Category Archives: Faith

Robin Williams, Matt Walsh and Real Hope

It still doesn’t seem real that the comedic legend Robin Williams is no longer with us. Brink & I look back at the epic legacy of Mr. Williams. His talent was exceptional, and it seemed that he had a real joy to share with his audience. That apparent dichotomy in his life – between a public joy and what appears to have been some very dark times in his personal life – makes his story all the more poignant.

The extremely compelling Matt Walsh took to his blog last week and penned a provoking piece on the reaction to the loss, specifically expressing his belief that Mr. Williams death wasn’t something his disease inexorably demanded – but was his own choice.

Brink loved the piece and explains why. He felt it expressed truth in a bold, compelling and touching way.

I disliked it, though I normally very much enjoy Matt’s work. I express my hesitations as to the piece’s timing, tone & claim as to the matter of a decision / vs. the horrors of a disease.

Yet a midst all the inescapable sadness of this story, we wrap our discussion up with the great hope that there is One who is greater than all the powers of this earth – for good or ill. And we can each come to know Him.

Having the Faith to Make ‘The Call’

Easley Call

There’s not too many things we can be absolutely certain of in our lives. Yet here’s one truth we can know for sure – there will come a time when we’ll have to make a decision. We’ll have to say yes or no, to take one path or the other. And when we make that call, some people may pat us on the back and praise us, but others will very likely be vocal in saying we made the wrong choice. That’s hard.

Thankfully, most of us don’t come to that moment in front of a national television audience numbering in the millions… and in front of a crowd of 68,000 screaming fans. Here’s the story of a man whose decision time came in just that epic scenario.

Lance Easley, an NFL replacement official, could never have expected he’d be on the field on the night of September 24th, 2012 as the Green Bay Packers visited the Seattle Seahawks – much less that he’d be in a position to make the call that would decide the contest. Listen below as he tells the unlikely and remarkable tale of his path to that decision, its consequences, and how his faith guided him through the massive backlash.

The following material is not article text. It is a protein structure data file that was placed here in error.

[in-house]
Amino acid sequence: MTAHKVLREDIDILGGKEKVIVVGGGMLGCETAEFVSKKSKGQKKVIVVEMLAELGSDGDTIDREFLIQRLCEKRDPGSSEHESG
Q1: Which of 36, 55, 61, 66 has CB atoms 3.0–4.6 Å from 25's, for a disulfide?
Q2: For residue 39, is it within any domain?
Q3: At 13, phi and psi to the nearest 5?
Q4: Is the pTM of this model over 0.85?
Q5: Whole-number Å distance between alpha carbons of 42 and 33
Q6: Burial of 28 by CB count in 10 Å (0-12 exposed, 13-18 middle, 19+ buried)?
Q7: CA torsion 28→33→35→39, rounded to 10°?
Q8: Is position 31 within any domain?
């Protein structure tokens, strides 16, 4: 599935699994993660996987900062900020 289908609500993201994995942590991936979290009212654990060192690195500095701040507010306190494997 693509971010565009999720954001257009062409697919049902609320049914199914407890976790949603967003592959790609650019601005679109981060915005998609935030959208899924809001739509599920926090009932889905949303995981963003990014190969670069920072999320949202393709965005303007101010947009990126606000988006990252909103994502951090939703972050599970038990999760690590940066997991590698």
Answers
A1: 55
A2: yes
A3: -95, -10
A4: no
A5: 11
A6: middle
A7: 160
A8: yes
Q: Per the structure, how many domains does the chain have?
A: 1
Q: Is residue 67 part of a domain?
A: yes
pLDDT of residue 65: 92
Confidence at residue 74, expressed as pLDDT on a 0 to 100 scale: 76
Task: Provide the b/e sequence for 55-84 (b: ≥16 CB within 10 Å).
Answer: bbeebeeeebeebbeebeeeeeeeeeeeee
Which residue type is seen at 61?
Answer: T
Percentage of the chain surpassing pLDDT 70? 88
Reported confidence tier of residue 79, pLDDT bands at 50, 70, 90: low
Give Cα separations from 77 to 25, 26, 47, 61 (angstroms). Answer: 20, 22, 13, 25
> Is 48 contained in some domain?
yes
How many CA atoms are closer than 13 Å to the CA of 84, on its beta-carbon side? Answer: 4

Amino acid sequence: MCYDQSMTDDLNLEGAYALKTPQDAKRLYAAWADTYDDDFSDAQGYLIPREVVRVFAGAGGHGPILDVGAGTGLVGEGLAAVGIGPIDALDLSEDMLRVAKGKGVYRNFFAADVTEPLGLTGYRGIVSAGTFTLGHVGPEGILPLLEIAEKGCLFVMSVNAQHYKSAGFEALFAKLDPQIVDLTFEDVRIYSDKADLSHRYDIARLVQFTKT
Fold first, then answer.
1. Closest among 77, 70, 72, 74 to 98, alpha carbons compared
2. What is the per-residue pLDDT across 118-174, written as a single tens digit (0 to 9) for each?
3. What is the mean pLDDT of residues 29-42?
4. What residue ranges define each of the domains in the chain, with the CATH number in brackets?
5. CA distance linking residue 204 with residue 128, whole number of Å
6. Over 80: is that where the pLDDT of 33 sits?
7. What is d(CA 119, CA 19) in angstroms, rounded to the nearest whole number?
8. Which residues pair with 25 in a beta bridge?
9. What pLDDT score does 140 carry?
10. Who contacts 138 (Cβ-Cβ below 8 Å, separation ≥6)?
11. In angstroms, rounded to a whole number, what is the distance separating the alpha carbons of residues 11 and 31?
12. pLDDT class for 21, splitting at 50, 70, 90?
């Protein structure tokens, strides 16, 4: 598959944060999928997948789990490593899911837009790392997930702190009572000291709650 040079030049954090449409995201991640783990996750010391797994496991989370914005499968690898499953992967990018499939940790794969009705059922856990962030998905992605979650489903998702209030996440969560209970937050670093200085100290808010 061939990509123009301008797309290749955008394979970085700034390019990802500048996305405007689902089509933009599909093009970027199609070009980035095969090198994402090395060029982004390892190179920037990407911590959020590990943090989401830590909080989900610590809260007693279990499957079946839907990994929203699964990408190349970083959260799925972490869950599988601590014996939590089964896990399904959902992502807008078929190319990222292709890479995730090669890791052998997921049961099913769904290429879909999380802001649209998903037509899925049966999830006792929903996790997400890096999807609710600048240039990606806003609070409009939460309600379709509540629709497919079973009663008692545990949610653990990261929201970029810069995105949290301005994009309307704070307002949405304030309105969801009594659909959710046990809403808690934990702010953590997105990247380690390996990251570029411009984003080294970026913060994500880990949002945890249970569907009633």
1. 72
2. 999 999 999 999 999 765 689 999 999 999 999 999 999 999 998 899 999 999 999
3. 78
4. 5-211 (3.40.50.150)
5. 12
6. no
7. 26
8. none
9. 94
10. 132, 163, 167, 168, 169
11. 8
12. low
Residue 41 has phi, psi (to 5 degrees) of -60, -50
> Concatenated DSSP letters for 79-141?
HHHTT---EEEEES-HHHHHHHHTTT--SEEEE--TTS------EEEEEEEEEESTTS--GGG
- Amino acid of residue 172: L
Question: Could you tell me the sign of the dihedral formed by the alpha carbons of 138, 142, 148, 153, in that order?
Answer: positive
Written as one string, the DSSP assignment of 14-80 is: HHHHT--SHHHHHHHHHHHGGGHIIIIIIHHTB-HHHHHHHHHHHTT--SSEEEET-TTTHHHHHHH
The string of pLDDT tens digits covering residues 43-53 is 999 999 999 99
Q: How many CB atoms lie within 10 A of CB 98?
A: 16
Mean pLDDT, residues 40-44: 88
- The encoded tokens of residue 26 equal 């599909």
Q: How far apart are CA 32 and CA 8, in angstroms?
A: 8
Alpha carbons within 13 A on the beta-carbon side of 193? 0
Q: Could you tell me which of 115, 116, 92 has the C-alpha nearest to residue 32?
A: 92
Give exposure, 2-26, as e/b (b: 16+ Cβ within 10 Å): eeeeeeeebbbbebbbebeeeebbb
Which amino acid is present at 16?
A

It’s a story that starts on a football field, but in the end is so much more about how we live our life, our faith & who we are in Christ. Click play below to hear our full interview with Lance…

Rob Bell Now for Gay Marriage

This would be really funny if he didn’t have so many thoroughly good people who look up to him and respect what he says.

Rob Bell has come out for gay marriage. Humorously, this news breaks on the same day as Hillary Clinton’s reversal on the issue. Maybe it’s not as funny as I think it is. It’s late. Anyway. Here’s the money quote… Continue reading Rob Bell Now for Gay Marriage

The Silliness of the War on Christmas


Atheists are not always my favorite people, though there are a few exceptions (and you know who you are), and it seems like there’s no time of year like the Christmas (oops, I mean holiday) season to bring atheists out of the woodwork and into the courtroom. After all, there are insidious threats abroad during this conspicuous time of winter festivities. There is political correctness to be enforced, and nativity scenes to protest and billboards to put up, greeting cards to hijack and all manner of people, agencies, companies and more who need to be sued or at least intimidated into secular submission. Continue reading The Silliness of the War on Christmas

On Being Content

For three years I dreamt of moving to Arizona. When I graduated college and found myself single, I immediately exclaimed to my roommates, “Now I can move to Arizona!” I planned and anticipated and dreamed and then it happened. I moved cross country and stepped into the life I had imagined for so long. Here I sit, in the middle of the Arizona desert, on a hot summer night, dreaming about Minnesota—the place I for so long dreamt of leaving.

Now don’t get me wrong, the journey has been sweet. I love my job, the people I’ve met, the constant sunshine and warmth, and the occasional dust storm that takes over the sky. However, there’s a piece of me that longs for greenery, endless pools of water, and the friends I’m now realizing I took for granted.

Finding community as a single 25 year old in an expansive city can be hard, especially when you’re not the girl who frequents the normal twenty-somethings scene. It takes time for people to really know you—it doesn’t happen overnight. And then there’s church, which seems to be my biggest hurdle. How in the world do you go about finding a church and is there one somewhere that offers programs for single twenty-somethings, along with a solid message? It’s always one or the other, but never both. The challenges of getting plugged in can be hard and sometimes it leaves me feeling lonely.